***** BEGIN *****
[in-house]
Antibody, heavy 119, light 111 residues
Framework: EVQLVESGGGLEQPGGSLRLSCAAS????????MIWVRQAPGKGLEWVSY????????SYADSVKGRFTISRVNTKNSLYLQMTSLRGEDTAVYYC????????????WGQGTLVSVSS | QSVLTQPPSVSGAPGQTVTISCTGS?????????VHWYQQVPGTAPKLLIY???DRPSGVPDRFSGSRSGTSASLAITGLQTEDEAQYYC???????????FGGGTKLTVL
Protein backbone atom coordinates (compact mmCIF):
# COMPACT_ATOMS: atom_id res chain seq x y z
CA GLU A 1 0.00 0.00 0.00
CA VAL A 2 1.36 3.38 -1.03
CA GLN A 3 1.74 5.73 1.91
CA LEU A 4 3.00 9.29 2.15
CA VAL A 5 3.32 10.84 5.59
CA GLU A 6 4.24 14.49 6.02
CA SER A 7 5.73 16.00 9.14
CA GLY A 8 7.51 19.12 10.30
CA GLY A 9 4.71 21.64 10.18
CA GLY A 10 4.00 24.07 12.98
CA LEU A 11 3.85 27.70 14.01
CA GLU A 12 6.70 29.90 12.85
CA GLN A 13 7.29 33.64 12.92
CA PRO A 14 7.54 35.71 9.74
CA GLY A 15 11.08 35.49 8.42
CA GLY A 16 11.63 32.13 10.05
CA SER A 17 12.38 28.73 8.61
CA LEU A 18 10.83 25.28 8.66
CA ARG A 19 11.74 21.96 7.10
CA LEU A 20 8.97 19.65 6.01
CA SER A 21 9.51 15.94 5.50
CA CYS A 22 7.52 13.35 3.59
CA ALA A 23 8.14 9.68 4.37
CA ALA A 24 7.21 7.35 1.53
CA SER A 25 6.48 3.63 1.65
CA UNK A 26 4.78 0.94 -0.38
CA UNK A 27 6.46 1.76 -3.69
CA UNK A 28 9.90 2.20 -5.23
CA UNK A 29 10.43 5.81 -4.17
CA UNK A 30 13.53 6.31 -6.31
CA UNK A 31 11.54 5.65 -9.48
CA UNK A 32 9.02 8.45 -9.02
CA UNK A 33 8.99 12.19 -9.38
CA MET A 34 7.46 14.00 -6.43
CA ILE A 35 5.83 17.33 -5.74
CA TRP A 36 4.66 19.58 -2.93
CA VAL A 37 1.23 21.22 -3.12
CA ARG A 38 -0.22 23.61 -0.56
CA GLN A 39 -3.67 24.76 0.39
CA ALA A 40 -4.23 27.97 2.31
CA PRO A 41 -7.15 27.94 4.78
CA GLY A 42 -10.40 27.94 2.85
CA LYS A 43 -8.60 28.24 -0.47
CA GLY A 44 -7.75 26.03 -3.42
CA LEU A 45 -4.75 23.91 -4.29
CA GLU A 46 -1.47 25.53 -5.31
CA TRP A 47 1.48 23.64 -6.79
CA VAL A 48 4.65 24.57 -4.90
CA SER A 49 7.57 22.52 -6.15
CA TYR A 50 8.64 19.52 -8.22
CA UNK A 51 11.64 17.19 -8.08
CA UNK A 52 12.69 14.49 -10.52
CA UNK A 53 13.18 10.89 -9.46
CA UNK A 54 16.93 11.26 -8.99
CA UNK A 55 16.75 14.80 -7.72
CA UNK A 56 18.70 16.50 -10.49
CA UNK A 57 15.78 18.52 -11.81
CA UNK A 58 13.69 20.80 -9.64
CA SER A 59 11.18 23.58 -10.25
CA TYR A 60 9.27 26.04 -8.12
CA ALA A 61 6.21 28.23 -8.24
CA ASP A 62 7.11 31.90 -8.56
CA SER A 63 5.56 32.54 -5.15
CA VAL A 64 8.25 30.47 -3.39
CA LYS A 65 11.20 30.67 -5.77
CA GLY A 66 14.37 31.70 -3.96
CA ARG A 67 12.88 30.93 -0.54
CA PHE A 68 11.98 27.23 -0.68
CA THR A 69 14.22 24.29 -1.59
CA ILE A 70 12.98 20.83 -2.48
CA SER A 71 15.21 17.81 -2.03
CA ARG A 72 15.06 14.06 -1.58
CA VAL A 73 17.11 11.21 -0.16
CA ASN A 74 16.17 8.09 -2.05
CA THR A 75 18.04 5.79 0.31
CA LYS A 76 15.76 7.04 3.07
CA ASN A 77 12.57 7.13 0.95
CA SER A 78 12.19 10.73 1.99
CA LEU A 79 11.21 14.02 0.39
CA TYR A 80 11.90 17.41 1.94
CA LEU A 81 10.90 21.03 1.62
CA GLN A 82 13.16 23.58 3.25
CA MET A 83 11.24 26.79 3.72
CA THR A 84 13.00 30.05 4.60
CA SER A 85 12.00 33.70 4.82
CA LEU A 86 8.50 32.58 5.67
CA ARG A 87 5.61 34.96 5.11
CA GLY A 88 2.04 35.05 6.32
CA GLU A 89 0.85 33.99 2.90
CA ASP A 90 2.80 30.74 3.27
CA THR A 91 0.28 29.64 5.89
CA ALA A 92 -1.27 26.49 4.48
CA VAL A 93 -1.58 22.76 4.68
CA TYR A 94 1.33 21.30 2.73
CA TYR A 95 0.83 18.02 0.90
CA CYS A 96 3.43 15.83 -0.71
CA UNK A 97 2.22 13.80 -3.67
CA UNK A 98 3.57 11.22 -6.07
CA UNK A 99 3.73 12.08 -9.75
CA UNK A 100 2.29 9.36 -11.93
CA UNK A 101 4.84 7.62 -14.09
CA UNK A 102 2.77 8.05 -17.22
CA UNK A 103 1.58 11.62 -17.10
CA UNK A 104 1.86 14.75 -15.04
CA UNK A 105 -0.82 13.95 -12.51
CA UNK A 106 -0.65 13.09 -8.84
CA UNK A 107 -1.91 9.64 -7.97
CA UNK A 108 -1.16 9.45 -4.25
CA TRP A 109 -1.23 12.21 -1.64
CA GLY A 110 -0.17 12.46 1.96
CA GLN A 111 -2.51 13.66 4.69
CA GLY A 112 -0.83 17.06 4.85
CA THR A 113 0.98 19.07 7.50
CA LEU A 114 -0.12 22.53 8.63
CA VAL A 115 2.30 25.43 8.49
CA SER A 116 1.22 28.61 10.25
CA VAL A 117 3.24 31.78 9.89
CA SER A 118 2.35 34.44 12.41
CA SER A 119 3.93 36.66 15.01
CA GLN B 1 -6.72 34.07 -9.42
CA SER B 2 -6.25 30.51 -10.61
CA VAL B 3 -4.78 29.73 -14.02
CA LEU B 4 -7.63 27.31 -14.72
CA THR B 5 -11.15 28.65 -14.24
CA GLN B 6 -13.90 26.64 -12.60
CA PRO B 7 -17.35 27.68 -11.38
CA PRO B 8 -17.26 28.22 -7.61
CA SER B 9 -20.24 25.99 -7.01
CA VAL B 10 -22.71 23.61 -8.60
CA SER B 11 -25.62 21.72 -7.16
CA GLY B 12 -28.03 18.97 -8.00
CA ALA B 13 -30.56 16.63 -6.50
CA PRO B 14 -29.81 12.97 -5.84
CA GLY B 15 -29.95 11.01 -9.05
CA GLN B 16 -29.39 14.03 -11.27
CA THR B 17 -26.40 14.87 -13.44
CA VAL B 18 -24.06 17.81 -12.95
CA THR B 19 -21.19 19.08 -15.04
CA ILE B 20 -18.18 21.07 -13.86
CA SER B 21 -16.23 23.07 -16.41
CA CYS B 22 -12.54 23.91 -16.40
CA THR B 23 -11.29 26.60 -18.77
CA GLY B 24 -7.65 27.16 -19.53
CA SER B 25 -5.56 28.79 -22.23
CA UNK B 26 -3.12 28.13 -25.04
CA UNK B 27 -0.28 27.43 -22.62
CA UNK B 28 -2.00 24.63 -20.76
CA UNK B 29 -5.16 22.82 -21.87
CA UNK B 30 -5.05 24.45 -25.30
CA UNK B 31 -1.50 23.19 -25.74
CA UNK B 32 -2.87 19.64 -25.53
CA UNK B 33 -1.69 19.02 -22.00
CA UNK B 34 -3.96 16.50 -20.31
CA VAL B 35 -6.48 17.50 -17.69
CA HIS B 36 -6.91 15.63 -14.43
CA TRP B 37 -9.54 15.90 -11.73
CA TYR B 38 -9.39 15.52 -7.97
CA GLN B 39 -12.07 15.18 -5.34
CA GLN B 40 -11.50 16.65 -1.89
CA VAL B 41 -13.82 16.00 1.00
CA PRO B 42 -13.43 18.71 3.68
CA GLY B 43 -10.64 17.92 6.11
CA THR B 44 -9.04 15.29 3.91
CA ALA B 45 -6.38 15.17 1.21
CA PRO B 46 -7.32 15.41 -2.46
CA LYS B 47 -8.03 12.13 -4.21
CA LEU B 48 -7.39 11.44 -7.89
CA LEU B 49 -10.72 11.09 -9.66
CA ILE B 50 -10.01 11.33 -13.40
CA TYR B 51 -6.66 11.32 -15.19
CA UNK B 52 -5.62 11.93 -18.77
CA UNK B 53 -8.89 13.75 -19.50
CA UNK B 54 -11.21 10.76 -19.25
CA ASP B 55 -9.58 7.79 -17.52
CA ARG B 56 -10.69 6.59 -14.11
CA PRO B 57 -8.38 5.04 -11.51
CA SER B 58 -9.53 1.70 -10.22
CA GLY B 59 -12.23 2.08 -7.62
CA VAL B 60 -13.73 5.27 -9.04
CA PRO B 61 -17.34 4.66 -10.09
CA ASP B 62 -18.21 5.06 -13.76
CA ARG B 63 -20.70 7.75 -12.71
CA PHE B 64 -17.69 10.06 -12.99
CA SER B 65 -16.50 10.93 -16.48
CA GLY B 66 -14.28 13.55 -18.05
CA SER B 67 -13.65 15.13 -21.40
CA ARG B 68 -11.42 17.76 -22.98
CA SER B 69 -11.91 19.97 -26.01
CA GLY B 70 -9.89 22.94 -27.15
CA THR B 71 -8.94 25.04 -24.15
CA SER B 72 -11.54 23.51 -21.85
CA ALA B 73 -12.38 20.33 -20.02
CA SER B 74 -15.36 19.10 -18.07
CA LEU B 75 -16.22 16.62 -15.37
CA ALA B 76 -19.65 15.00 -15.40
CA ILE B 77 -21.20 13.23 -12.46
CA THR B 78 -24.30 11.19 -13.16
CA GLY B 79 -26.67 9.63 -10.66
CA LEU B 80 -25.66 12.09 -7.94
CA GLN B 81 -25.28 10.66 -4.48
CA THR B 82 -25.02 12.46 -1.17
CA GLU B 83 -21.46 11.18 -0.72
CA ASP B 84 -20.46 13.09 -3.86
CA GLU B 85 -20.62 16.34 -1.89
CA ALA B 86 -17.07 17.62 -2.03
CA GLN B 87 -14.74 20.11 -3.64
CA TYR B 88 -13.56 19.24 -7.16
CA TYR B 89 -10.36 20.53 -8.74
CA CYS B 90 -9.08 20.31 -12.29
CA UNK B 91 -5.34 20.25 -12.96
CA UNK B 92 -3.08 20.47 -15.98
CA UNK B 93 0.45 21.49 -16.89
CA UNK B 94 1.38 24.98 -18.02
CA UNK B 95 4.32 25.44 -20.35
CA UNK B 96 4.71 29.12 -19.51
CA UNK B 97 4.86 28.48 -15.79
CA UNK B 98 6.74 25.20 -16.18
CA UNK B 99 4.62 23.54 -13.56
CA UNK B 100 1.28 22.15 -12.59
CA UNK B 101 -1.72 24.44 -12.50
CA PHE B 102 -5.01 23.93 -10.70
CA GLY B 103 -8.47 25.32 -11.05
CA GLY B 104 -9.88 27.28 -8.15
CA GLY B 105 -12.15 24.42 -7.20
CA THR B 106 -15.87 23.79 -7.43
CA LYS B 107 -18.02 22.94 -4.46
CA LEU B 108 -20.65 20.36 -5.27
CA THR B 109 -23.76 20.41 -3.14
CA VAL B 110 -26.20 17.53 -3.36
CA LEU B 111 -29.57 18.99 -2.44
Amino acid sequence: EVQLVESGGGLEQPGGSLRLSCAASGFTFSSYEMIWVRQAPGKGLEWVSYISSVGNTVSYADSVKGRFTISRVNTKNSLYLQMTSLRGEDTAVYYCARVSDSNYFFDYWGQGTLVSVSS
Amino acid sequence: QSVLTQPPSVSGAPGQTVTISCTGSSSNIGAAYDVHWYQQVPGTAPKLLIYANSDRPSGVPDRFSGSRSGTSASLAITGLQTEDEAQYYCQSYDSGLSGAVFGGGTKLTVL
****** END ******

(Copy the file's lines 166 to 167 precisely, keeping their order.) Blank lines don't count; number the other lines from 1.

CA PRO B 42 -13.43 18.71 3.68
CA GLY B 43 -10.64 17.92 6.11